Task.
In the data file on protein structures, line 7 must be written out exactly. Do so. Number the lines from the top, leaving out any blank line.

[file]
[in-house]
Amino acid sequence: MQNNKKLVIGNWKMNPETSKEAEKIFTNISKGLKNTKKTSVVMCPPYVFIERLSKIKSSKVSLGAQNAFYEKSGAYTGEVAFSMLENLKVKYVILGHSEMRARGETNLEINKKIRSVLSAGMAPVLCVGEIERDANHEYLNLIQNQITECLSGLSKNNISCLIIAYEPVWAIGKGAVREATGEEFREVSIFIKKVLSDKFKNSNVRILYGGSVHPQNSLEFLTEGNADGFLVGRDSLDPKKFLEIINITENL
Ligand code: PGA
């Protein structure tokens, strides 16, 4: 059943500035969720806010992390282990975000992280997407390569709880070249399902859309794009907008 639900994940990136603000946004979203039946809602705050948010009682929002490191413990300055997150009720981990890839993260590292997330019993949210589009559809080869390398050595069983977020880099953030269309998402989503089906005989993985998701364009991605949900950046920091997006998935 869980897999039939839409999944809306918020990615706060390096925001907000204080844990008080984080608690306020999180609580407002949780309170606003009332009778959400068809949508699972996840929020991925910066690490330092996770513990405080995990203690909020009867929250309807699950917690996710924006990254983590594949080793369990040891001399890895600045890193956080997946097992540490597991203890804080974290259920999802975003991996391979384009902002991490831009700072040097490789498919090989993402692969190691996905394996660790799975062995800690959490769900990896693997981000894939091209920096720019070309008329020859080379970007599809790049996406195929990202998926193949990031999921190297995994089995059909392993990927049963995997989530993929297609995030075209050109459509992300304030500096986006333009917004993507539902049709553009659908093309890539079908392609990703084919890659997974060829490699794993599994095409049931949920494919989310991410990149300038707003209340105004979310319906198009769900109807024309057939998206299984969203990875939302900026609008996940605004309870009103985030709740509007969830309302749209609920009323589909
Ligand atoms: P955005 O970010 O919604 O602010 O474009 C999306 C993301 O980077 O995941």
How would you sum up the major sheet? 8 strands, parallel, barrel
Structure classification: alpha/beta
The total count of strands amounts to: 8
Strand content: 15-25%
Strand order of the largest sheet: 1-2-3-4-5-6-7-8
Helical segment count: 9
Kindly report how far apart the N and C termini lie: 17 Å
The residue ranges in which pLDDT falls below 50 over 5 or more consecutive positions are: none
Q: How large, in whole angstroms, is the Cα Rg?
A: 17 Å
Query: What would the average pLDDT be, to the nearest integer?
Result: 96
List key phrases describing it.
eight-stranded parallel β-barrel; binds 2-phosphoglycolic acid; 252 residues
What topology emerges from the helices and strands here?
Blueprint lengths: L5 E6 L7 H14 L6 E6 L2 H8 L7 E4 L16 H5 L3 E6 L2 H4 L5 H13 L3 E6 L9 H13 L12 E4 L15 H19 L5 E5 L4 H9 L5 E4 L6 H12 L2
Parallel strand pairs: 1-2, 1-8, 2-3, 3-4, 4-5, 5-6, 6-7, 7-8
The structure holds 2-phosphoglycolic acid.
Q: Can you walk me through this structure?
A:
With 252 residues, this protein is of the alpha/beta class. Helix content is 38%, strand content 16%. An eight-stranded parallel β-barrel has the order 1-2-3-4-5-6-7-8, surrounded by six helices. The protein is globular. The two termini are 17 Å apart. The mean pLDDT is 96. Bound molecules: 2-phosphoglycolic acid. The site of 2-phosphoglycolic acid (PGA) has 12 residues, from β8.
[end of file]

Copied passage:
Structure classification: alpha/beta